If deciding to make a homemade indoor potting mix, you will need to know what ingredients are necessary to combine into the potting mixture. When you are purchasing your products, look for high-quality ingredients to ensure you know you are creating the best indoor potting mix that will allow for drainage and water retention at the same time. These ingredients may include:
Cultivated from peat bogs and native to the wetlands of Canada, peat is sold in bales at your local garden shops. Regular soil is too heavy, and a brand new, delicate plant can have trouble pushing through the rough dirt.
Peat helps to promote good drainage while also retaining a sufficient amount of water. Peat is only sold in stores after removing the harmful pathogens which can damage and kill your plant.
Perlite is a lite-weight, white, granulated product made from one hundred percent volcanic glass. Glass from a volcano is heated to one thousand degrees Celsius until the glass literally pops like popcorn. Perlite aids in water retention and drainage. Perlite works perfectly for delicate seeds. Use about one-third of perlite in potted indoor plants.
First, you want to make sure you use coarse, builders’ sand and not the children’s play sand. Both can be found in your garden centers, so read the labels carefully before purchasing. Sand improves aeration when added into a homemade indoor potting mix. Do not add too much sand to the mixture, as it can make your pot too heavy to move.
Vermiculite adds air to the homemade indoor soil mixture. It also increases water and nutrient maintenance which results in healthier and more robust plants.
Fresh wood chips are not a good choice for homemade indoor potting mixes. Instead, look for rotted wood chips to add to your mixture. Where new wood chips cause plants to struggle with growth, rotted wood chips hold more moisture and add a loose consistency to the potting mix that will benefit the plant.
Compost is a necessity for homemade indoor potting mixes. The ratio for using compost in a homemade indoor potting mix is four parts potting mix to one part compost. If you use compost on an indoor potted tree or shrub, the ratio changes to nine parts soil mixture to one part compost. Compost adds many different nutrients to a homemade potting mix like calcium, magnesium, sodium, nitrogen, and potassium. Compost also improves the texture of the potting mix.
Rock can add a lot to an indoor potted plant. Adding a layer of stones to the top of the homemade indoor potting mix will add to the aesthetics and prevent water loss, pests, weeds, and pets from interfering with the plant.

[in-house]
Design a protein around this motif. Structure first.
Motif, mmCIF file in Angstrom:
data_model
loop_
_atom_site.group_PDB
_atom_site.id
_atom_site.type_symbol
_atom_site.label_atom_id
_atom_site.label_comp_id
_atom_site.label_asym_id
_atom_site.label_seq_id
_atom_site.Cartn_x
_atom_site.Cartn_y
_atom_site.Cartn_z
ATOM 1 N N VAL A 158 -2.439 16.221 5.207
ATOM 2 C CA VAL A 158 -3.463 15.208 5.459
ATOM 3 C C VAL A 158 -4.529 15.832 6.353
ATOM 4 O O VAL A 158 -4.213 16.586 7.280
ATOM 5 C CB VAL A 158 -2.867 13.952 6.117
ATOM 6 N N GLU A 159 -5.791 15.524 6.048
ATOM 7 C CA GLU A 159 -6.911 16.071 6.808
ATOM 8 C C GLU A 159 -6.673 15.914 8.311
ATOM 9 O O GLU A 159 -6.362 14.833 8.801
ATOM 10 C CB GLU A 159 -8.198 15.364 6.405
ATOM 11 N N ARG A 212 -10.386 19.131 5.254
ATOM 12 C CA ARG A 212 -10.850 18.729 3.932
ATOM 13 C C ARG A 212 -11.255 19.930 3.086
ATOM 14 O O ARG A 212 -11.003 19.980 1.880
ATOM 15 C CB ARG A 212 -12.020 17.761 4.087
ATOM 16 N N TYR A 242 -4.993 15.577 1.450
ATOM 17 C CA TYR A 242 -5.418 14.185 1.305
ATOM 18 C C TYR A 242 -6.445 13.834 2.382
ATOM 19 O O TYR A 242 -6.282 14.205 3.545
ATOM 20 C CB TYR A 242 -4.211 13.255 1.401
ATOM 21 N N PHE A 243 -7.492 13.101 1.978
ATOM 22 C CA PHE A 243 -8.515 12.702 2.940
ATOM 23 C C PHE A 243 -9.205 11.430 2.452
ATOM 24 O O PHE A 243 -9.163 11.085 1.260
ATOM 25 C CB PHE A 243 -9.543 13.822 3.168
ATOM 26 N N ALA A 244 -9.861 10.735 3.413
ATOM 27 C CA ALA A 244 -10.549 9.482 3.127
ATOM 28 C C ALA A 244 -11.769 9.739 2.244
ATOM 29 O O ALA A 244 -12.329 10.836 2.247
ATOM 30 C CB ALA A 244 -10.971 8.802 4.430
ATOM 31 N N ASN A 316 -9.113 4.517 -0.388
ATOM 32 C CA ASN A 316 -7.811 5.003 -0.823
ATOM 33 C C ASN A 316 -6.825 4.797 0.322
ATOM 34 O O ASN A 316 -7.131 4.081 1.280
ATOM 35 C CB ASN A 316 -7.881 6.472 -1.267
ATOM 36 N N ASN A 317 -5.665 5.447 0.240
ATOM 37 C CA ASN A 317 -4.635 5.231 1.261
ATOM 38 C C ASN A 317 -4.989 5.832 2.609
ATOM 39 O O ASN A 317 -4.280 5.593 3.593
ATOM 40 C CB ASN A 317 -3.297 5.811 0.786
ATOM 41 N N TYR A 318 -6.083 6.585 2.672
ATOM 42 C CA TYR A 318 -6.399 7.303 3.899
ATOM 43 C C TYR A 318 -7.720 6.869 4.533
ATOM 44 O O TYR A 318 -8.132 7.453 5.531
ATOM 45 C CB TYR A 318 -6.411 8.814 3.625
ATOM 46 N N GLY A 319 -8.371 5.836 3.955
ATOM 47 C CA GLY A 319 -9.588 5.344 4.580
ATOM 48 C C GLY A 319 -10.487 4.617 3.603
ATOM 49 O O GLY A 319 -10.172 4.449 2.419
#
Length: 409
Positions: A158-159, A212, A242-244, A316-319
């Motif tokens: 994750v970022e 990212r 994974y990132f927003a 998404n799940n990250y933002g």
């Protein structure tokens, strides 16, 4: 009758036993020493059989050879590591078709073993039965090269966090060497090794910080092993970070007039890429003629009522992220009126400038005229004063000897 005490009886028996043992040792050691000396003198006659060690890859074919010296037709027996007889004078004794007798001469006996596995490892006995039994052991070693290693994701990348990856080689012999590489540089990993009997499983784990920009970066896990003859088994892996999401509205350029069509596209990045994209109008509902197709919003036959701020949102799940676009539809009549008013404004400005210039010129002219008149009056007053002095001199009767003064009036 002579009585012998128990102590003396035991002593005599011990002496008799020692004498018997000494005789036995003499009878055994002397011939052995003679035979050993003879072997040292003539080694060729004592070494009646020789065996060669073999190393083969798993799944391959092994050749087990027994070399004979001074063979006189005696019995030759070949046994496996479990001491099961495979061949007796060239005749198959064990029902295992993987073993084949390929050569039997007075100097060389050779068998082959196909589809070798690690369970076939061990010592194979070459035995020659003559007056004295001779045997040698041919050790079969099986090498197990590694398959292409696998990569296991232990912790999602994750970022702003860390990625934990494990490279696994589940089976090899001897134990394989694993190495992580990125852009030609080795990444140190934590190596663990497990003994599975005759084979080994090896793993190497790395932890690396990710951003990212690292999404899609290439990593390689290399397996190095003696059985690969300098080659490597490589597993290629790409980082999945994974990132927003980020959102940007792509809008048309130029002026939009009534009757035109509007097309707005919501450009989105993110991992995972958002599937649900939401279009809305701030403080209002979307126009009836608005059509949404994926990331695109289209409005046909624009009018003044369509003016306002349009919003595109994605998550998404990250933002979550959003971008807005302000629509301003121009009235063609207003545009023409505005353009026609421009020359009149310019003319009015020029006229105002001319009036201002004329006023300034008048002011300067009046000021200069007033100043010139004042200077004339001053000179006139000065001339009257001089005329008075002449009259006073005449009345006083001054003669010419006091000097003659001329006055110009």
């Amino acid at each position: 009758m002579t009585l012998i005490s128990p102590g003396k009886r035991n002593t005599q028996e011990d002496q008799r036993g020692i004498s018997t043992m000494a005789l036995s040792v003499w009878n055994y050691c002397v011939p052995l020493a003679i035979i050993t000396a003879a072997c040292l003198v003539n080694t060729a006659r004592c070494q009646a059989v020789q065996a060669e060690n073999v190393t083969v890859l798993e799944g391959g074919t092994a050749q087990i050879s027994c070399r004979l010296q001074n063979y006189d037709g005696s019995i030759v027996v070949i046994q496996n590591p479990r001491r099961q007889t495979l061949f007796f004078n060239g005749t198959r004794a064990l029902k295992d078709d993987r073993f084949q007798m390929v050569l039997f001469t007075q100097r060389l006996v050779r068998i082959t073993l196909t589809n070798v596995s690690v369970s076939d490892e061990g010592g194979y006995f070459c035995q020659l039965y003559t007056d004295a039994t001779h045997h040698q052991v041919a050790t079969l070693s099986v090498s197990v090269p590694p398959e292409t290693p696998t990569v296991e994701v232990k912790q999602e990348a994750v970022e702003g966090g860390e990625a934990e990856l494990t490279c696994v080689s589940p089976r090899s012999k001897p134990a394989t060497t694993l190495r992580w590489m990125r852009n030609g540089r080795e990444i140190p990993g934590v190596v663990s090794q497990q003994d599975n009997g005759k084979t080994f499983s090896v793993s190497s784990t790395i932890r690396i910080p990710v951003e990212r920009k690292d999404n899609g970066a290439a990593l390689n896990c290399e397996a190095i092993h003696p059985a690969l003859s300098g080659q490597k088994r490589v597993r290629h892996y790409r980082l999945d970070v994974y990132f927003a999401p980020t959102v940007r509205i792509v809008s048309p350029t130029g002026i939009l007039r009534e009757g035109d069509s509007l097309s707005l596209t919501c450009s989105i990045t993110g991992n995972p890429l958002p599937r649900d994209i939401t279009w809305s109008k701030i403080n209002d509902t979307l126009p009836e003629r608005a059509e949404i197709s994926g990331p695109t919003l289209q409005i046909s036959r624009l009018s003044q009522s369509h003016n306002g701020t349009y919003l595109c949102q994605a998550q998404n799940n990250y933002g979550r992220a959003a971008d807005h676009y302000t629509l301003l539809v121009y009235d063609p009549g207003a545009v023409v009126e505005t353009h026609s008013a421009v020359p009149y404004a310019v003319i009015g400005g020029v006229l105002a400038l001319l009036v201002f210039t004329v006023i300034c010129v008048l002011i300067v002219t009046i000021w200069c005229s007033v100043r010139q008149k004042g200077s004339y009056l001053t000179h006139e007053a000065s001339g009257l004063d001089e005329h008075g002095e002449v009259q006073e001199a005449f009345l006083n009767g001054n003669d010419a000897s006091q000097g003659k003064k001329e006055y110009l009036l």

Odor-free Worm Castings
Worm castings are a fertilizer that is harvested from worms. Adding one-fourth cup of worm castings to your homemade indoor potting mix will help to make the soil more porous. If you want the healthiest indoor homemade potting mix, adding worm castings to the mix is a must.
Homemade Indoor Potting Mix – The Wrap-up
There are a few essential things to keep in mind when making your own homemade indoor potting mix. First, using a homemade indoor potting mix is not only money-saving but super convenient. Second, each blend of the potting mix is unique to you! Ingredients such as peat, perlite, wood chips, and compost can be added to the mixture to aid in water retention. Lastly, there are many relaxing and healing side effects to gardening.
Although there are some instances where gardening soil and potting mix can be combined, it is not good to do so regarding plants being grown in a container. Gardening soil is just too heavy for indoor plants to get through, and you will end up with a dirt-filled pot instead of a beautiful, potted plant.
Yes! It is okay to continue using potting soil which has mold on it. They might not be seen, but funguses and molds grow in most gardening mixes.
Absolutely, you can use indoor potting mixes for vegetables! Vegetables grow best in indoor potting mixes that have peat, compost, and perlite in them.
Other types of soils that should not be used as a potting mix for indoor, potted plants are:
- Mulch is primarily made of moss, tree bark, wood chips, and leaves.
- Manure is animal waste that is used in gardening to improve the soil.
- Gardening soil is regular soil mainly used in landscape gardens.
Many people assume that soil and potting mix are the same product, and although they may look the same, the two are different. Soil is mainly used for landscape gardening. Potting mix is soilless and used strictly in container gardening.